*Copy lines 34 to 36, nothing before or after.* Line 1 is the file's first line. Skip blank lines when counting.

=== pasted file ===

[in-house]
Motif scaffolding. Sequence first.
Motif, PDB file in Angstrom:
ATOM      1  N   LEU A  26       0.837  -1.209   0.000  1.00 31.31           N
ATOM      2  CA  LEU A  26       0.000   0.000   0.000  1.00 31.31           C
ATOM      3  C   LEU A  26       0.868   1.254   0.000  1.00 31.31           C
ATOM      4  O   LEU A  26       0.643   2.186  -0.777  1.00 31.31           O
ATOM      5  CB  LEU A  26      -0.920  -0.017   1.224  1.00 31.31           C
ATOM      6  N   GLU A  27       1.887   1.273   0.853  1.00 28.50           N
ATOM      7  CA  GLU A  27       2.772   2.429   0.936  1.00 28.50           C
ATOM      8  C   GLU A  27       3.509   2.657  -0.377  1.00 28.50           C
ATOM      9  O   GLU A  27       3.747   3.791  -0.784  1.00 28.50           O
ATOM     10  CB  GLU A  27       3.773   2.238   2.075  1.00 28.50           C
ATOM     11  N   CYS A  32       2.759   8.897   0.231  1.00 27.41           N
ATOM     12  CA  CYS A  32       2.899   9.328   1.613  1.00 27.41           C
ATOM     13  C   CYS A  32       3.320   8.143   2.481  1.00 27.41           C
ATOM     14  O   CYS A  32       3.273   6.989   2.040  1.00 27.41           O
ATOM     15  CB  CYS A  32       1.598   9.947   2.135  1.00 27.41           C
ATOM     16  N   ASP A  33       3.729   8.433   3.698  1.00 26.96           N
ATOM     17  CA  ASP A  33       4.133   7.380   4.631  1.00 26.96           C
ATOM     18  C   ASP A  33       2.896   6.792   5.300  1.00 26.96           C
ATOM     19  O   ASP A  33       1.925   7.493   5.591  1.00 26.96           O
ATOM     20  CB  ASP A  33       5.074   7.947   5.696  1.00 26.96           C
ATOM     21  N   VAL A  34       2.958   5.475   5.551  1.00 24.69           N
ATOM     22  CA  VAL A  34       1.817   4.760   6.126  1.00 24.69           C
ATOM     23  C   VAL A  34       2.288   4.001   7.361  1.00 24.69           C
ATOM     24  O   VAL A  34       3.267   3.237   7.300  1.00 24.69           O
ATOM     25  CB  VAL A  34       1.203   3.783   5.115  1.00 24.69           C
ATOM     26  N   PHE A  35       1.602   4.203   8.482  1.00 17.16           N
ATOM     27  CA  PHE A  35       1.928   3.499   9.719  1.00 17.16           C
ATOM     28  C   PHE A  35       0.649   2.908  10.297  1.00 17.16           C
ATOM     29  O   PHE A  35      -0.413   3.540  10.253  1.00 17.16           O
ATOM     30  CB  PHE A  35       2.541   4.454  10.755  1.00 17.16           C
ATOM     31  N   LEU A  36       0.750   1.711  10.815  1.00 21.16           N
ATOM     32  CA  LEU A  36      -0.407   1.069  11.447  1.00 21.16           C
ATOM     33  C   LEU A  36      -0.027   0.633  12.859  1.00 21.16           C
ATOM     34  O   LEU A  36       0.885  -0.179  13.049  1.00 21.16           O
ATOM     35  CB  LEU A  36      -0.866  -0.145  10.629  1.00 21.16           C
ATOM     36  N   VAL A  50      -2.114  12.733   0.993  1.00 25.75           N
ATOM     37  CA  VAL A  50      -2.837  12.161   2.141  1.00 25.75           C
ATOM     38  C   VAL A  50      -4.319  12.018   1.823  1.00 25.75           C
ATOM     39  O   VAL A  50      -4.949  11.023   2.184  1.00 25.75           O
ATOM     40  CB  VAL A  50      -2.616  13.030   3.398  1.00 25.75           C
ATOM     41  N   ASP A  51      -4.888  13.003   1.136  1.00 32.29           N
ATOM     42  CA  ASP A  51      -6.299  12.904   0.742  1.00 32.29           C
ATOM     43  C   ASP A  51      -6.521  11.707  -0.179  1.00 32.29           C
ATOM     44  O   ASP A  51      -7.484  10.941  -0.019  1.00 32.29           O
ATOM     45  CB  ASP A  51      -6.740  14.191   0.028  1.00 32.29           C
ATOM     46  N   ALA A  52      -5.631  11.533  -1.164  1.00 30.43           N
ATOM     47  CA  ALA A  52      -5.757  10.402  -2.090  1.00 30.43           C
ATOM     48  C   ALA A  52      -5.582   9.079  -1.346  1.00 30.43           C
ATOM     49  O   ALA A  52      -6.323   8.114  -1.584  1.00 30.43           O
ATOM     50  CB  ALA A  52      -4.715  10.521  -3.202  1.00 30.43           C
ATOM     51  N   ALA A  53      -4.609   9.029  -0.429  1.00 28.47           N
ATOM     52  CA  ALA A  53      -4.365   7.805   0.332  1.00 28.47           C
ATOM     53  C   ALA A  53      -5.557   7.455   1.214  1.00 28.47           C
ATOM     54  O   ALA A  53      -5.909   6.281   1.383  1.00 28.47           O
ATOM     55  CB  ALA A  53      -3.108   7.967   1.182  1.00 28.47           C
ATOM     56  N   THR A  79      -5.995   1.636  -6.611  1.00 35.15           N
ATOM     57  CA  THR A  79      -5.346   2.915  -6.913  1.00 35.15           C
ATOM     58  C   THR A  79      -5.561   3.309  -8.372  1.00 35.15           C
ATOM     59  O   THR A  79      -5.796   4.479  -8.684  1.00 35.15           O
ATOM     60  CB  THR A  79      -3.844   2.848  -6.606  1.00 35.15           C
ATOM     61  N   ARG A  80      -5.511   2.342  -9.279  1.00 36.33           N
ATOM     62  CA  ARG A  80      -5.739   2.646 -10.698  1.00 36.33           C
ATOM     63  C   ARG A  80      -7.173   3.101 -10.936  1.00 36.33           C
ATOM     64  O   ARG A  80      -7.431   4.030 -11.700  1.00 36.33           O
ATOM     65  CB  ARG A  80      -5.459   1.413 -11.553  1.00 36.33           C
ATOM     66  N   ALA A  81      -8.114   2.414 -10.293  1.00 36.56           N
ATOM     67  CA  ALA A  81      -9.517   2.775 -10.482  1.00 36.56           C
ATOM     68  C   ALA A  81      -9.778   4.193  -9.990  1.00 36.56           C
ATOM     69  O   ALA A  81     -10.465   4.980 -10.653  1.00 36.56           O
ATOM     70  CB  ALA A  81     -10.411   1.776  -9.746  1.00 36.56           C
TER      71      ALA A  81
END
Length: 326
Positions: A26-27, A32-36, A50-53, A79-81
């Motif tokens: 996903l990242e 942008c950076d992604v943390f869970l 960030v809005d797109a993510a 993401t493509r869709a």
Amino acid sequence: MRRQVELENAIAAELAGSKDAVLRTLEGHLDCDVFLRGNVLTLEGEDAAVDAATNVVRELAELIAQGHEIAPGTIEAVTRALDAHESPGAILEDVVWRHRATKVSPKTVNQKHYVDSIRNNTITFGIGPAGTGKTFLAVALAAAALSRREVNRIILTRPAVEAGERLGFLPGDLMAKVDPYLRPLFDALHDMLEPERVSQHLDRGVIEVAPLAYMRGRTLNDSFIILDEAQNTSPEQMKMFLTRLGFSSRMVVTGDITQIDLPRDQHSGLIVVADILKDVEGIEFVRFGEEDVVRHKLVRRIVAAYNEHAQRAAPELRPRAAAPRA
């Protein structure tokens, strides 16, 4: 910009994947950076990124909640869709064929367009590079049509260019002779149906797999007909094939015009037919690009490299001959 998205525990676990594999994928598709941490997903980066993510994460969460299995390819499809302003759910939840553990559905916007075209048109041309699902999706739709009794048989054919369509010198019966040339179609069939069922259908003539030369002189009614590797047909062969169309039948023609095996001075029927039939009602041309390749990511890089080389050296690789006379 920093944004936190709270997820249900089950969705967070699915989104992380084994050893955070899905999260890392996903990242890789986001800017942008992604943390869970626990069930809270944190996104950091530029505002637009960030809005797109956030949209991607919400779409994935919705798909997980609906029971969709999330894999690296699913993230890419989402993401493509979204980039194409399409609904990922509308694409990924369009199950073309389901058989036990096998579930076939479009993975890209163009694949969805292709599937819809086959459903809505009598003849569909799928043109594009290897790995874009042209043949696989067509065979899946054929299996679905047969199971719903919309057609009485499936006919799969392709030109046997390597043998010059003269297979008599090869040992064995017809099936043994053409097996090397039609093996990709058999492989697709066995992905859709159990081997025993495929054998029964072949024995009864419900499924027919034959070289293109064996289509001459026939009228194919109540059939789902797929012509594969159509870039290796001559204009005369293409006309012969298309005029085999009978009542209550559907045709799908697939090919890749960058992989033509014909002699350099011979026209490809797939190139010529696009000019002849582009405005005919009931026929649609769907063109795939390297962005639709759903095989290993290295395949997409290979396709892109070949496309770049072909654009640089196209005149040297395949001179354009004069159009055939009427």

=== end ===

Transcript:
ATOM     31  N   LEU A  36       0.750   1.711  10.815  1.00 21.16           N
ATOM     32  CA  LEU A  36      -0.407   1.069  11.447  1.00 21.16           C
ATOM     33  C   LEU A  36      -0.027   0.633  12.859  1.00 21.16           C